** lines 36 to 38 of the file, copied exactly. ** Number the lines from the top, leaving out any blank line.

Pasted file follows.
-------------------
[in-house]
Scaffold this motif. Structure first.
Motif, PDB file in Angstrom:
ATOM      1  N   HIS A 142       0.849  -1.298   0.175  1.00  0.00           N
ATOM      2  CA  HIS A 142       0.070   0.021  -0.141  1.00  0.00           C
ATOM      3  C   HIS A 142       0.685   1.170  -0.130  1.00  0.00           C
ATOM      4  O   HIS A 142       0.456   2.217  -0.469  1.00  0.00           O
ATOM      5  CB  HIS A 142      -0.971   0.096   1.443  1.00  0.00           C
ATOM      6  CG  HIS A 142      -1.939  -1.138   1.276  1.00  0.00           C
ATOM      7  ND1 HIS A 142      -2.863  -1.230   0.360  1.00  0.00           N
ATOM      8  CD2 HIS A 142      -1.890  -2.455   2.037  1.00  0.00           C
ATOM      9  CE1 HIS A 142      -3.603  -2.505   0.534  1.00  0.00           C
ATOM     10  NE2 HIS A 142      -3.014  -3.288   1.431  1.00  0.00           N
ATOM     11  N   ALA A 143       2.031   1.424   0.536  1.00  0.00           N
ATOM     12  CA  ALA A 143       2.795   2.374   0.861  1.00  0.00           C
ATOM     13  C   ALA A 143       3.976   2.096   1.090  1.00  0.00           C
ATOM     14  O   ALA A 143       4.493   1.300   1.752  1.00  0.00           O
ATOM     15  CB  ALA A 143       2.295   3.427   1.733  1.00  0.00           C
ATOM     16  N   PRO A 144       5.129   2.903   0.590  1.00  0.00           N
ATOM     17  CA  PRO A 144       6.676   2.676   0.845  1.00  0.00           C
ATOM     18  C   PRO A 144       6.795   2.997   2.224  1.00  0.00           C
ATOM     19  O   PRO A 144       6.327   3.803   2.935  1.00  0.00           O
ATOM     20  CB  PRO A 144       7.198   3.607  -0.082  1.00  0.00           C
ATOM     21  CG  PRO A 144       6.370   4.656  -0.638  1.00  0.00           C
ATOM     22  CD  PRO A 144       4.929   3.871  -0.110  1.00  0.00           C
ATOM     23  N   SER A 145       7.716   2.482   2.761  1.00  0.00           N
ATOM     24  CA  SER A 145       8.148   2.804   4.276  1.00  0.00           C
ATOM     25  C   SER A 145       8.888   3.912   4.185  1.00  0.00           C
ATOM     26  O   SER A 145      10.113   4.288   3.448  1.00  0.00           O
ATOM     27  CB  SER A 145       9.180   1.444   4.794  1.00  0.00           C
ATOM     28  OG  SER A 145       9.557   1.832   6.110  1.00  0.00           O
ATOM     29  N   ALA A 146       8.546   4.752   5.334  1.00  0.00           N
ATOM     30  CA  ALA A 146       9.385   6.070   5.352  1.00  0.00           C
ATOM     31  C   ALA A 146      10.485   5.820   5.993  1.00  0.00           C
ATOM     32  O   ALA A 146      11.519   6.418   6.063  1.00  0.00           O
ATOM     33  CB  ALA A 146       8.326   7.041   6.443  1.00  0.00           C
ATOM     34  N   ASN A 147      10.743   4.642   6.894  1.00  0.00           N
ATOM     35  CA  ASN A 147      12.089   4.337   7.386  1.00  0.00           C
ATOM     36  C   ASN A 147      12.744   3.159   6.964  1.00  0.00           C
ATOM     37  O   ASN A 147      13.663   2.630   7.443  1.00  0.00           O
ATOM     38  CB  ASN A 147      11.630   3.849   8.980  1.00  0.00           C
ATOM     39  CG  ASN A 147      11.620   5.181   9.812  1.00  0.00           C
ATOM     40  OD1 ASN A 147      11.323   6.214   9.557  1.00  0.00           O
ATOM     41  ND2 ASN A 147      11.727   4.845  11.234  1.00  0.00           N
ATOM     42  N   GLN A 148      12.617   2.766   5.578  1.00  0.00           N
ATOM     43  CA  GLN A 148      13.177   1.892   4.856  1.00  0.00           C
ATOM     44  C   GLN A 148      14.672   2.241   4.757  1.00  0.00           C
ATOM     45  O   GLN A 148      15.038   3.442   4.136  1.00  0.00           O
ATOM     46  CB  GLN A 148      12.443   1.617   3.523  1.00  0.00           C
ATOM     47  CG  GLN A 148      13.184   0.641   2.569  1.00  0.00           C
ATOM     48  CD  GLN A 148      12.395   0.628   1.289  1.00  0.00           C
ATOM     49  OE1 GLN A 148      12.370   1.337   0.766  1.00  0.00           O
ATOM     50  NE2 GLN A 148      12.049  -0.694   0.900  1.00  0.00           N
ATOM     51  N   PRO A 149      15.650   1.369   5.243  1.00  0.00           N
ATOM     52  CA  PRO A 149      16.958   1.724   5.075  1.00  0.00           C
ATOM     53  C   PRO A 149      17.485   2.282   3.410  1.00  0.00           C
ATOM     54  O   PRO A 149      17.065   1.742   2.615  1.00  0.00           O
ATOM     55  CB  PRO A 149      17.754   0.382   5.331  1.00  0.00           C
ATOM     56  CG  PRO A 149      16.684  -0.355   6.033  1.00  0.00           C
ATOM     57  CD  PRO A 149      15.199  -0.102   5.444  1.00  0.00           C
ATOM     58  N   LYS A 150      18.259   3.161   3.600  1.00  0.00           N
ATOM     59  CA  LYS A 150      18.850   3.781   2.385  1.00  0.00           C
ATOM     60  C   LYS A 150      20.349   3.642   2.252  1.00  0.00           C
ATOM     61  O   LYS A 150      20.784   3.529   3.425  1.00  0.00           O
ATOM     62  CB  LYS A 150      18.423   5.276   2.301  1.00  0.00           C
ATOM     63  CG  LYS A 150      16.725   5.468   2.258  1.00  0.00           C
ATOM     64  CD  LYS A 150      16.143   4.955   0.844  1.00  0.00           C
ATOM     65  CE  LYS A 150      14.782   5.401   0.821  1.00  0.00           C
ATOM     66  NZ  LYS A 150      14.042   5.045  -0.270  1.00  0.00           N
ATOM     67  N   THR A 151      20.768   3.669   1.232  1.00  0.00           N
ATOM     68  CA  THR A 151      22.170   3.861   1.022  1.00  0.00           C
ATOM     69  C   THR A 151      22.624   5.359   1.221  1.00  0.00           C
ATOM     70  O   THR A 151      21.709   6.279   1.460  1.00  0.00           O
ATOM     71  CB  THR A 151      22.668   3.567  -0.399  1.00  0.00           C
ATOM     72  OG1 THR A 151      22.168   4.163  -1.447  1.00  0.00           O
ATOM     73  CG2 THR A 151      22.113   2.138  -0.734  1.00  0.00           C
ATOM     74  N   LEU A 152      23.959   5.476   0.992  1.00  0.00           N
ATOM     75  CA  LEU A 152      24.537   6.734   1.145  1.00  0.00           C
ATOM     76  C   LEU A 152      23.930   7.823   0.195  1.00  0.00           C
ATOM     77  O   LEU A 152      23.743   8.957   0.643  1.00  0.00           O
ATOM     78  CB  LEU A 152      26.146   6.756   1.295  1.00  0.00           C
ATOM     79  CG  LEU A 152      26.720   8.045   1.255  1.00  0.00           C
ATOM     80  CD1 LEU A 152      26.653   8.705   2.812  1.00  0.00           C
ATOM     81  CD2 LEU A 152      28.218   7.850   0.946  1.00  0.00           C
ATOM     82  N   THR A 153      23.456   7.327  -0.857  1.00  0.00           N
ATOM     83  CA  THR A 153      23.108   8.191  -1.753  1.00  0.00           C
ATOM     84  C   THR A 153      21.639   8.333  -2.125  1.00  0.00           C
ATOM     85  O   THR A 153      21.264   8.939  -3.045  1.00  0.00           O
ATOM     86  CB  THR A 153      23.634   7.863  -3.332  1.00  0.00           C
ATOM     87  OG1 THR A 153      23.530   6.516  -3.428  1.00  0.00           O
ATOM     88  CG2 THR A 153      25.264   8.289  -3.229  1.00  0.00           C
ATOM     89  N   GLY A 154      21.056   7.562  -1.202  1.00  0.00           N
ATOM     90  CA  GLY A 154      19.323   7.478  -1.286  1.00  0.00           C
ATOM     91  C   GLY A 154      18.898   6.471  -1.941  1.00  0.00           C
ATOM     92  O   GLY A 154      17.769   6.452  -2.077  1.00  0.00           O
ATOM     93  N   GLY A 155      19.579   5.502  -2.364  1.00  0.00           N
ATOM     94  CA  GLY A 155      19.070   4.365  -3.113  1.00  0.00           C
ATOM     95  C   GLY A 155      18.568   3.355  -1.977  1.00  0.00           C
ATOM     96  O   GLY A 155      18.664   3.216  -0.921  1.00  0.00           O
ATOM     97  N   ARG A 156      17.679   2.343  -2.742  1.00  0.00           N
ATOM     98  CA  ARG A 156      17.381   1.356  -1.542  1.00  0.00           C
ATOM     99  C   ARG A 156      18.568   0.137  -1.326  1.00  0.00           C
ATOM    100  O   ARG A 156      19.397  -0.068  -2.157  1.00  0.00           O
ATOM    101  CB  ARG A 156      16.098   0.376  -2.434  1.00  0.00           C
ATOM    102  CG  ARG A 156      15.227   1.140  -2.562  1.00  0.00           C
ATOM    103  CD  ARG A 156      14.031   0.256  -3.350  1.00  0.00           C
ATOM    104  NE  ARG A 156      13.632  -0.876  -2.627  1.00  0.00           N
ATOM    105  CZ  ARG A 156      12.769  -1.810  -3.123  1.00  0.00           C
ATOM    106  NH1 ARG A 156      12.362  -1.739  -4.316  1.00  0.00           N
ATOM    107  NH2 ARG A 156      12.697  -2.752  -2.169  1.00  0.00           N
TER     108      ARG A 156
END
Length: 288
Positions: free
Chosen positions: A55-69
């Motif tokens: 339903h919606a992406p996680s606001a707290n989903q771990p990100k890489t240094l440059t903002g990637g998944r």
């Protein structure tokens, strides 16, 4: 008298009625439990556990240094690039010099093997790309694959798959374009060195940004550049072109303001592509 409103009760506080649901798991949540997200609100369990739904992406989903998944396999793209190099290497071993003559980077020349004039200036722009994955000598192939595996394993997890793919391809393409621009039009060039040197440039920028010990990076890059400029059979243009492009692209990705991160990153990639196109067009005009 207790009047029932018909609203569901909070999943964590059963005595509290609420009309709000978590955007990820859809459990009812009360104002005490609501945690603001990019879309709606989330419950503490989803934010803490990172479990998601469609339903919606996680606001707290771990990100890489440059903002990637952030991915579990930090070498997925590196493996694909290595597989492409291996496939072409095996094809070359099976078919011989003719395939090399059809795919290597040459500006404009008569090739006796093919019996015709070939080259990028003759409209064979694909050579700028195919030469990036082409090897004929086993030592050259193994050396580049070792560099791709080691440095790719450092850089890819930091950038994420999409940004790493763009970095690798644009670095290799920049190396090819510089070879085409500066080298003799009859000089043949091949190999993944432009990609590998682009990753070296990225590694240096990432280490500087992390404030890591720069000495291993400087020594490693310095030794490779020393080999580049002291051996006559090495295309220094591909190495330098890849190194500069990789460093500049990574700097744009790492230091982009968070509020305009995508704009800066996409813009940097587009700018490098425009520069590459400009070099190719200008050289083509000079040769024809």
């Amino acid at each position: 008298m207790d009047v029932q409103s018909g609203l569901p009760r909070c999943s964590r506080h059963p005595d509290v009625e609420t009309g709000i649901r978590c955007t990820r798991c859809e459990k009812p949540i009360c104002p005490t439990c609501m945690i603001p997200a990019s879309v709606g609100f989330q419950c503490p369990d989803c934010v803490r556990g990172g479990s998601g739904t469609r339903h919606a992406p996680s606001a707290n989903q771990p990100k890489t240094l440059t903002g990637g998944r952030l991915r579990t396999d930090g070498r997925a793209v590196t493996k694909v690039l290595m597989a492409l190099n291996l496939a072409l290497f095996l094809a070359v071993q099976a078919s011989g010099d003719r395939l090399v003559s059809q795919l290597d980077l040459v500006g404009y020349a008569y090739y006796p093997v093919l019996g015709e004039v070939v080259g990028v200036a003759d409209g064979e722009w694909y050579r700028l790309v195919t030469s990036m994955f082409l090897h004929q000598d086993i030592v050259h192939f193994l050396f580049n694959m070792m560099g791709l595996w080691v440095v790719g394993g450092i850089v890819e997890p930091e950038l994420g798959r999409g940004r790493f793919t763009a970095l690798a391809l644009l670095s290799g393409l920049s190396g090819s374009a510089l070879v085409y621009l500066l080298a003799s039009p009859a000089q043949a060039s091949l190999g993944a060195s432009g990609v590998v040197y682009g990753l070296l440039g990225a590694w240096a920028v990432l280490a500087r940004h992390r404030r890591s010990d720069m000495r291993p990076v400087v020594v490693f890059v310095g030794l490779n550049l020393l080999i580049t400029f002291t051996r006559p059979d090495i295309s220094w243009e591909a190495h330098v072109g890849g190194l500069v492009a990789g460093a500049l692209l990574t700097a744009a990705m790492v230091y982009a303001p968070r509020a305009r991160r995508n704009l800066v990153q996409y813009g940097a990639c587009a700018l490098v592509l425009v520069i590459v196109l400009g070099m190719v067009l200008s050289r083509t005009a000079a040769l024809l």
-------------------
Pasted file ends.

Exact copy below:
ATOM     33  CB  ALA A 146       8.326   7.041   6.443  1.00  0.00           C
ATOM     34  N   ASN A 147      10.743   4.642   6.894  1.00  0.00           N
ATOM     35  CA  ASN A 147      12.089   4.337   7.386  1.00  0.00           C